The Tropical Hardwood Tree Improvement and Regeneration Center (TropHTIRC) is a collaborative research, development and extension partnership. Established in 2010, TropHTIRC’s mission is to advance the science of tropical hardwood tree improvement, regeneration, and conservation genetics. Our goal is to develop and disseminate knowledge to foster sustainable tropical hardwood forestry, production of forest products, restoration, and maintenance of genetically diverse ecosystems. We work with a diversity of partners to increase knowledge and develop strategies for breeding, conservation, utilization, silviculture, and marketing of tropical hardwoods. Through application of classical selection, genomics, advanced propagation, seed and nursery production technologies, we are developing improved lines of native trees. Our current focus is on Hawaii’s premier timber tree, koa (Acacia koa), an endemic Hawaiian species of substantial cultural, economic, and ecological importance. Executive summary
Koa seed orchards for Hawaii reforestation
Recent land use changes have led to opportunities to reforest large areas of degraded land with koa and there is now a large demand for improved koa seeds and seedlings. To meet this demand, HTIRC members have been awarded a competitive grant from the Forest Service State & Private Forestry and are working together to establish seed orchards to produce an abundant supply of seeds for reforestation across a range of environmental conditions from high to low elevations.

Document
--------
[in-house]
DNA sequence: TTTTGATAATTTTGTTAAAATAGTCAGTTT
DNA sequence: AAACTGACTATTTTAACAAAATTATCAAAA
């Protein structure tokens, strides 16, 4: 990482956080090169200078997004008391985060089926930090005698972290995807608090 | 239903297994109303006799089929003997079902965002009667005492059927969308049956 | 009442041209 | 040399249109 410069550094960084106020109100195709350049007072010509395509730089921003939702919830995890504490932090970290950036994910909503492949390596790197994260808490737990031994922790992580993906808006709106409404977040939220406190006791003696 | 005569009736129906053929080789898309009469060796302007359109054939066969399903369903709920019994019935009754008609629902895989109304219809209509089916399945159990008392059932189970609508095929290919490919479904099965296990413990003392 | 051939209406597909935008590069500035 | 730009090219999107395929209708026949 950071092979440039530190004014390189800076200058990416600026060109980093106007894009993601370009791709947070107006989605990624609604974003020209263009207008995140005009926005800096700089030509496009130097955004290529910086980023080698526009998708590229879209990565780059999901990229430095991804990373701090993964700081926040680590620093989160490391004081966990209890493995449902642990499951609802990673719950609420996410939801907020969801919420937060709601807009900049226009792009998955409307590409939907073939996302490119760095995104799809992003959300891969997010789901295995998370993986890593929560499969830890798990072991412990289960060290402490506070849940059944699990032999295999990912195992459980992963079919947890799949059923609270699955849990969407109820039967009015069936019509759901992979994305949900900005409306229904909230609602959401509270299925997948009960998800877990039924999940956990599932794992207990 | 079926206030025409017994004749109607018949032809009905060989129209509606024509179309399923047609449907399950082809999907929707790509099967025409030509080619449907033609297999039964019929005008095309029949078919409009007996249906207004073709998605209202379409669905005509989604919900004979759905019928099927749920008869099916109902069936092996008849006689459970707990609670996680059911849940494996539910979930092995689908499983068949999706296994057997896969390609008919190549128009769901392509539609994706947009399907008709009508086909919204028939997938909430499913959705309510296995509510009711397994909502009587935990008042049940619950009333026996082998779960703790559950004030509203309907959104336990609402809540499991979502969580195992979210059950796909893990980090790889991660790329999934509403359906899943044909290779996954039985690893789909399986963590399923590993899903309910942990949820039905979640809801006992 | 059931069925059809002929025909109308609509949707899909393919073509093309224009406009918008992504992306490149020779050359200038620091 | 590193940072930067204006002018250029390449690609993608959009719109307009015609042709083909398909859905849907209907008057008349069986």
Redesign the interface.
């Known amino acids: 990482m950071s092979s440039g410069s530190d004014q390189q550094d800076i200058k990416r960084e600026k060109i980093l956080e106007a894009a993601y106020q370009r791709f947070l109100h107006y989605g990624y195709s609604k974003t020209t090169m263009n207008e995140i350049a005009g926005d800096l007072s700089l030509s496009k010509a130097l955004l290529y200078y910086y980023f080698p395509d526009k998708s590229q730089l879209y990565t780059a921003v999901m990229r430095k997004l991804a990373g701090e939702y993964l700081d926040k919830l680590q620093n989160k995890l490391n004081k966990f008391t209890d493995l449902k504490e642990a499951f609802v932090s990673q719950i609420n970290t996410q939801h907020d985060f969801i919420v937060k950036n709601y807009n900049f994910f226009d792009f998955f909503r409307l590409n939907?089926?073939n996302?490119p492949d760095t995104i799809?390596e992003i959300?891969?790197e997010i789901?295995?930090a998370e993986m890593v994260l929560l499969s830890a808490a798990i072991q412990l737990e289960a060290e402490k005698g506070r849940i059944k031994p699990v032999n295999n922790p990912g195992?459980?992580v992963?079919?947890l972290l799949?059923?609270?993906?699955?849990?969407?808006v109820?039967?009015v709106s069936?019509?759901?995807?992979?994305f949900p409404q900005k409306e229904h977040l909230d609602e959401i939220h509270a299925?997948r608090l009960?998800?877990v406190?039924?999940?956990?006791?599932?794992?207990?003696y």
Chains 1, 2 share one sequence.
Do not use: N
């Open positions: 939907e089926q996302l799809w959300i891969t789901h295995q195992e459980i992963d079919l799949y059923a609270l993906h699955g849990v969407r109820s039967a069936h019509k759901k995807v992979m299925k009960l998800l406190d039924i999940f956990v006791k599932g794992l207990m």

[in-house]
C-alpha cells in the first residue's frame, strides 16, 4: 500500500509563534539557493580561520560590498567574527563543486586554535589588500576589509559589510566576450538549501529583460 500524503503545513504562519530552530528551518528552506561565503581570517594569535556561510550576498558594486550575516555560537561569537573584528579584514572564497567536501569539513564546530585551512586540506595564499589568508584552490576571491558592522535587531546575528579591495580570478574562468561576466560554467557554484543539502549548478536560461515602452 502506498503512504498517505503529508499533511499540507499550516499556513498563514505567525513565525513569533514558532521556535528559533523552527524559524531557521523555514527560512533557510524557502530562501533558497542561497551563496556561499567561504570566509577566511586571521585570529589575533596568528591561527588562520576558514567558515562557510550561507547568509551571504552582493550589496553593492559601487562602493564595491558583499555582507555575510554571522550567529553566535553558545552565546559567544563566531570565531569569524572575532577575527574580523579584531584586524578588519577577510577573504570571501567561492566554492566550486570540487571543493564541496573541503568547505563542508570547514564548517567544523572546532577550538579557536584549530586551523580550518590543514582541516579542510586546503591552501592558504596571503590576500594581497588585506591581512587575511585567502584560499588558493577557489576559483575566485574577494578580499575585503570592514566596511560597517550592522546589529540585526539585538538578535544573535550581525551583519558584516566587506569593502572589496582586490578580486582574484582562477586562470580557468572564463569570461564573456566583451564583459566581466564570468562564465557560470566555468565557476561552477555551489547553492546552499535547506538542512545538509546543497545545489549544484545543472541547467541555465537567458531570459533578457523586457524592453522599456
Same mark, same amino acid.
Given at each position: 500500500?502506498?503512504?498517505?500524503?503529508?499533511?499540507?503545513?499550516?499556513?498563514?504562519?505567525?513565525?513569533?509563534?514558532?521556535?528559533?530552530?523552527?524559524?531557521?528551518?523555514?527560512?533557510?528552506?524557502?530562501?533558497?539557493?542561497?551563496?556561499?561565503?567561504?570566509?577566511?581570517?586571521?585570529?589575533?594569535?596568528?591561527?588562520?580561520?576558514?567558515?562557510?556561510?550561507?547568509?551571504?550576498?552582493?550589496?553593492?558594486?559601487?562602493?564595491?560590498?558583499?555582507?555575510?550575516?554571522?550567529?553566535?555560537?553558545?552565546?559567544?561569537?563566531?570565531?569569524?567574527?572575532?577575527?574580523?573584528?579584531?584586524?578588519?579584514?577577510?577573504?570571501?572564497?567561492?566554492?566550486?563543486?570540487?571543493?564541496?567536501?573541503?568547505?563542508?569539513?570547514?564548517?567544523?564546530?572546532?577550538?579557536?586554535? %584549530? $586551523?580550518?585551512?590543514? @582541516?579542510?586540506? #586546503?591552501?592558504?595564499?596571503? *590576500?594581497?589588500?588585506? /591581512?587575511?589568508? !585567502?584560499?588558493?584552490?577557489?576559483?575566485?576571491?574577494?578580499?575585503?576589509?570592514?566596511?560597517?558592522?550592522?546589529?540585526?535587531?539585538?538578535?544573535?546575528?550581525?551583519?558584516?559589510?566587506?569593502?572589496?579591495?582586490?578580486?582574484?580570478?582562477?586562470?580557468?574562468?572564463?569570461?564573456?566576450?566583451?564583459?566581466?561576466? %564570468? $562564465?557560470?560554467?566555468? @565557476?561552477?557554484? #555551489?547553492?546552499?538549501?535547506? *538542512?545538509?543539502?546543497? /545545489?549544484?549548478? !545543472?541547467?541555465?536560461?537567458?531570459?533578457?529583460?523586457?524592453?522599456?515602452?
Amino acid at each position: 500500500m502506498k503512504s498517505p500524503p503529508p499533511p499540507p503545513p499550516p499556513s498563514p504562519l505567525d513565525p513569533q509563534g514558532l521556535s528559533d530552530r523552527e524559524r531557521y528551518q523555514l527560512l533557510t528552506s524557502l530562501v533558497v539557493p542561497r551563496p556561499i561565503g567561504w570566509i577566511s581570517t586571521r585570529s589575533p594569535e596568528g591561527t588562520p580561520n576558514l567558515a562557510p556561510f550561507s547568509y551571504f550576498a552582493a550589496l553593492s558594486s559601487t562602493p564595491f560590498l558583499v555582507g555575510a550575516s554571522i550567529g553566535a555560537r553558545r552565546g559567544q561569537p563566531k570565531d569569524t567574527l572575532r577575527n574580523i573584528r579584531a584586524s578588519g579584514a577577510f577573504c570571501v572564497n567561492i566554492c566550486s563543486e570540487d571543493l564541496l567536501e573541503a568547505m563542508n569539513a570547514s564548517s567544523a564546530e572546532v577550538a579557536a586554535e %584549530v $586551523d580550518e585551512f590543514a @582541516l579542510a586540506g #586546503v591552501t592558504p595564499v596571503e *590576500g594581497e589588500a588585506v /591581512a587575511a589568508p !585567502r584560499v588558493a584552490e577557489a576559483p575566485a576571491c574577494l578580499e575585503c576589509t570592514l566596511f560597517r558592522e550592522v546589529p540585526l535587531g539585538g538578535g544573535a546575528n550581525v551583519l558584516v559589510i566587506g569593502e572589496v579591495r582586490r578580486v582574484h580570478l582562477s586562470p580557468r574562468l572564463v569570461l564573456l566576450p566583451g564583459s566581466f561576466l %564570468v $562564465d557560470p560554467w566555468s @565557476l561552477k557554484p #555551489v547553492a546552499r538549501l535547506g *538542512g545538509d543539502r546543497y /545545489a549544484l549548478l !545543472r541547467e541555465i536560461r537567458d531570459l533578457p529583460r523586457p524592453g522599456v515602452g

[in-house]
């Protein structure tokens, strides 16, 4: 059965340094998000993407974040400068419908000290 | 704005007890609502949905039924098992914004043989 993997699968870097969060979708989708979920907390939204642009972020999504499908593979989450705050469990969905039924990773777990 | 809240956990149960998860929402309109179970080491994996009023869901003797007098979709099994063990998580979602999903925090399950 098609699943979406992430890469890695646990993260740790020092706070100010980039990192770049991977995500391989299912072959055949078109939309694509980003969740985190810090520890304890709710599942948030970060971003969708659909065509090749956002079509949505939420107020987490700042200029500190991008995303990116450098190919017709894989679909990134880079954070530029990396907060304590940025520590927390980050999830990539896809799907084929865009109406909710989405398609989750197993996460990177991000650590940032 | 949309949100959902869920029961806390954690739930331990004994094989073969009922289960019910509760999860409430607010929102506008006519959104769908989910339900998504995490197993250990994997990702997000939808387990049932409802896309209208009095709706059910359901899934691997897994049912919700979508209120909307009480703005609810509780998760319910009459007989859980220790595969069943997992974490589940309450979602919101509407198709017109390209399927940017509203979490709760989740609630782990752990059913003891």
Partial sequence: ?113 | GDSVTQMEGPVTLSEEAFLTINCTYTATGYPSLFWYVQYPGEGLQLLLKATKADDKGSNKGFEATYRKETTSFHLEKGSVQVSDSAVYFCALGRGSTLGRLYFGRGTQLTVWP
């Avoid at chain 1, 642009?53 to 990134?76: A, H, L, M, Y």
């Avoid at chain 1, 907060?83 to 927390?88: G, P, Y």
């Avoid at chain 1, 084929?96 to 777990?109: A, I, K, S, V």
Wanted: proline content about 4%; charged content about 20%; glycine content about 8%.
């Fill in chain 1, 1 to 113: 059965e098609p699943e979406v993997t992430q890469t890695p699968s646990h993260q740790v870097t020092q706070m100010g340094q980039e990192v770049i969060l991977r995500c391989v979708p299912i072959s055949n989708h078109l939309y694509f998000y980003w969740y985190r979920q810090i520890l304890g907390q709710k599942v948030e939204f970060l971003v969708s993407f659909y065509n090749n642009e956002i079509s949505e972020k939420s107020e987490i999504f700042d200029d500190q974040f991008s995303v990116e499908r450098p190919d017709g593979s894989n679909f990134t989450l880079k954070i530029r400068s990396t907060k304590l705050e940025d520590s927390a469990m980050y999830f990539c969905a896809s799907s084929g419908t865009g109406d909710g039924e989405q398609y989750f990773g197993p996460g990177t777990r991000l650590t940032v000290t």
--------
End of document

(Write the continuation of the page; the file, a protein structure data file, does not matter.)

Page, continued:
Developing wilt resistant Acacia koa for Hawaii
by Nicklos Dudley and Tyler Jones, Hawaii Agriculture Research Center
Koa wilt disease, caused by the fungus Fusarium oxysporum f. sp. koae, causes mortality of koa in native forests and is a major impediment to reforestation with this species. The Hawaii Agriculture Research Center (HARC) conducted a disease survey on the four largest Hawaiian Islands and developed a collection of over 500 F. oxysporum isolates. HARC has screened over 150 of the isolates for virulence in koa, and selected the ten most virulent isolates to use for screening young koa seedlings for genetic-resistance to the fungus. HARC then collected koa seeds from native forests and koa plantings on Hawaii, Maui, Oahu, and Kauai. From these collections, HARC screened over 450 half-sib famlies (seeds from the open-pollinated same mother tree) in greenhouse seedling trials.